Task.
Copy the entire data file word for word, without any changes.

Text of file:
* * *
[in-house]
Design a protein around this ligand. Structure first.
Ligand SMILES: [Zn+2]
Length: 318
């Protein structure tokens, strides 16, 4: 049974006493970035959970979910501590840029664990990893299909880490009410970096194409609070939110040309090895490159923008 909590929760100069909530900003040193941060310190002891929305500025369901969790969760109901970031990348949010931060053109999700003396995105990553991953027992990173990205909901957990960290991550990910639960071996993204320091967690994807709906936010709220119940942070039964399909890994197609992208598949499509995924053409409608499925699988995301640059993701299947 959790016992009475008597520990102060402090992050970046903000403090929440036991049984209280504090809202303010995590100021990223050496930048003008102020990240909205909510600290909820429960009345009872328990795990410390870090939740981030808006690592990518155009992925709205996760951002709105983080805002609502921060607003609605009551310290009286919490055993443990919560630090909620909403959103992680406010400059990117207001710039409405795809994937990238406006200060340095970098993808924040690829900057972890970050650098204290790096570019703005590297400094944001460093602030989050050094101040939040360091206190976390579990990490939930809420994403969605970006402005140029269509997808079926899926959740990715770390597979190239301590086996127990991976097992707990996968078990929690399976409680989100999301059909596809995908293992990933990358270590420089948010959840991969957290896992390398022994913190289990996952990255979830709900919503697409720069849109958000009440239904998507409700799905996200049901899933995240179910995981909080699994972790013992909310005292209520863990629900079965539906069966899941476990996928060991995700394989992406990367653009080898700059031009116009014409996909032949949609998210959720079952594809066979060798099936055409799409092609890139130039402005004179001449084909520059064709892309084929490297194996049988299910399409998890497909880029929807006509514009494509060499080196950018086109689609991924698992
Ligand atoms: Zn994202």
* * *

[in-house]
Design a protein around this ligand. Structure first.
Ligand SMILES: [Zn+2]
Length: 318
């Protein structure tokens, strides 16, 4: 049974006493970035959970979910501590840029664990990893299909880490009410970096194409609070939110040309090895490159923008 909590929760100069909530900003040193941060310190002891929305500025369901969790969760109901970031990348949010931060053109999700003396995105990553991953027992990173990205909901957990960290991550990910639960071996993204320091967690994807709906936010709220119940942070039964399909890994197609992208598949499509995924053409409608499925699988995301640059993701299947 959790016992009475008597520990102060402090992050970046903000403090929440036991049984209280504090809202303010995590100021990223050496930048003008102020990240909205909510600290909820429960009345009872328990795990410390870090939740981030808006690592990518155009992925709205996760951002709105983080805002609502921060607003609605009551310290009286919490055993443990919560630090909620909403959103992680406010400059990117207001710039409405795809994937990238406006200060340095970098993808924040690829900057972890970050650098204290790096570019703005590297400094944001460093602030989050050094101040939040360091206190976390579990990490939930809420994403969605970006402005140029269509997808079926899926959740990715770390597979190239301590086996127990991976097992707990996968078990929690399976409680989100999301059909596809995908293992990933990358270590420089948010959840991969957290896992390398022994913190289990996952990255979830709900919503697409720069849109958000009440239904998507409700799905996200049901899933995240179910995981909080699994972790013992909310005292209520863990629900079965539906069966899941476990996928060991995700394989992406990367653009080898700059031009116009014409996909032949949609998210959720079952594809066979060798099936055409799409092609890139130039402005004179001449084909520059064709892309084929490297194996049988299910399409998890497909880029929807006509514009494509060499080196950018086109689609991924698992
Ligand atoms: Zn994202």